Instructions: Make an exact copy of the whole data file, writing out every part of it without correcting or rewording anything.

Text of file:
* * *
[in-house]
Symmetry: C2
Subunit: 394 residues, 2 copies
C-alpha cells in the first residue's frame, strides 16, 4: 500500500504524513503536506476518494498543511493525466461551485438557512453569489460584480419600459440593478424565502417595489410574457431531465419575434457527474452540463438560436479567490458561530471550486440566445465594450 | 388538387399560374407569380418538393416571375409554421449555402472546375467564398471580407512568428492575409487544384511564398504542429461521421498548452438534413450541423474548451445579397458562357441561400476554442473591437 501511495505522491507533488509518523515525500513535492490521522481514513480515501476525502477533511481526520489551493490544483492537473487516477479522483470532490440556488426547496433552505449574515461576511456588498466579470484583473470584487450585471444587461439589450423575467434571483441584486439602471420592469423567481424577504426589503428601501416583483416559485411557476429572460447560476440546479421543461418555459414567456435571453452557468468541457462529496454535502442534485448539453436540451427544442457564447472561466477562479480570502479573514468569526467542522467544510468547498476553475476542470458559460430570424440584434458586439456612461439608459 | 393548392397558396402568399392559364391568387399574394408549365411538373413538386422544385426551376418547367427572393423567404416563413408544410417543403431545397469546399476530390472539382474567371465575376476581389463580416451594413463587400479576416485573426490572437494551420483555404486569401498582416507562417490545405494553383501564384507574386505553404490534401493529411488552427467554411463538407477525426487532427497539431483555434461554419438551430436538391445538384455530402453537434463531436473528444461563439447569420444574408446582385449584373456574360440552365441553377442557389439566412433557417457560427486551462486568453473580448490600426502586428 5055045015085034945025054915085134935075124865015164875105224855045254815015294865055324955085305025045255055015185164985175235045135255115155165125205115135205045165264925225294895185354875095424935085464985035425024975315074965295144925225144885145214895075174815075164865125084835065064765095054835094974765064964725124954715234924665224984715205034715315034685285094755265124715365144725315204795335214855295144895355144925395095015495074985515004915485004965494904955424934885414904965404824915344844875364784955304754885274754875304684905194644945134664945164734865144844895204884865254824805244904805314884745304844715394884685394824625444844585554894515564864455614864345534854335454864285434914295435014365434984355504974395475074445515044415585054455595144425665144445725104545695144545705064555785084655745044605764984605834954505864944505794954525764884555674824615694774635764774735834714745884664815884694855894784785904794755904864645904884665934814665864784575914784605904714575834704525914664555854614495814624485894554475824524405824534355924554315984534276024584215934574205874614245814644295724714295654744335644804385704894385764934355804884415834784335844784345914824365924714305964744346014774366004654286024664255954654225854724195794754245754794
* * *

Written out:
[in-house]
Symmetry: C2
Subunit: 394 residues, 2 copies
C-alpha cells in the first residue's frame, strides 16, 4: 500500500504524513503536506476518494498543511493525466461551485438557512453569489460584480419600459440593478424565502417595489410574457431531465419575434457527474452540463438560436479567490458561530471550486440566445465594450 | 388538387399560374407569380418538393416571375409554421449555402472546375467564398471580407512568428492575409487544384511564398504542429461521421498548452438534413450541423474548451445579397458562357441561400476554442473591437 501511495505522491507533488509518523515525500513535492490521522481514513480515501476525502477533511481526520489551493490544483492537473487516477479522483470532490440556488426547496433552505449574515461576511456588498466579470484583473470584487450585471444587461439589450423575467434571483441584486439602471420592469423567481424577504426589503428601501416583483416559485411557476429572460447560476440546479421543461418555459414567456435571453452557468468541457462529496454535502442534485448539453436540451427544442457564447472561466477562479480570502479573514468569526467542522467544510468547498476553475476542470458559460430570424440584434458586439456612461439608459 | 393548392397558396402568399392559364391568387399574394408549365411538373413538386422544385426551376418547367427572393423567404416563413408544410417543403431545397469546399476530390472539382474567371465575376476581389463580416451594413463587400479576416485573426490572437494551420483555404486569401498582416507562417490545405494553383501564384507574386505553404490534401493529411488552427467554411463538407477525426487532427497539431483555434461554419438551430436538391445538384455530402453537434463531436473528444461563439447569420444574408446582385449584373456574360440552365441553377442557389439566412433557417457560427486551462486568453473580448490600426502586428 5055045015085034945025054915085134935075124865015164875105224855045254815015294865055324955085305025045255055015185164985175235045135255115155165125205115135205045165264925225294895185354875095424935085464985035425024975315074965295144925225144885145214895075174815075164865125084835065064765095054835094974765064964725124954715234924665224984715205034715315034685285094755265124715365144725315204795335214855295144895355144925395095015495074985515004915485004965494904955424934885414904965404824915344844875364784955304754885274754875304684905194644945134664945164734865144844895204884865254824805244904805314884745304844715394884685394824625444844585554894515564864455614864345534854335454864285434914295435014365434984355504974395475074445515044415585054455595144425665144445725104545695144545705064555785084655745044605764984605834954505864944505794954525764884555674824615694774635764774735834714745884664815884694855894784785904794755904864645904884665934814665864784575914784605904714575834704525914664555854614495814624485894554475824524405824534355924554315984534276024584215934574205874614245814644295724714295654744335644804385704894385764934355804884415834784335844784345914824365924714305964744346014774366004654286024664255954654225854724195794754245754794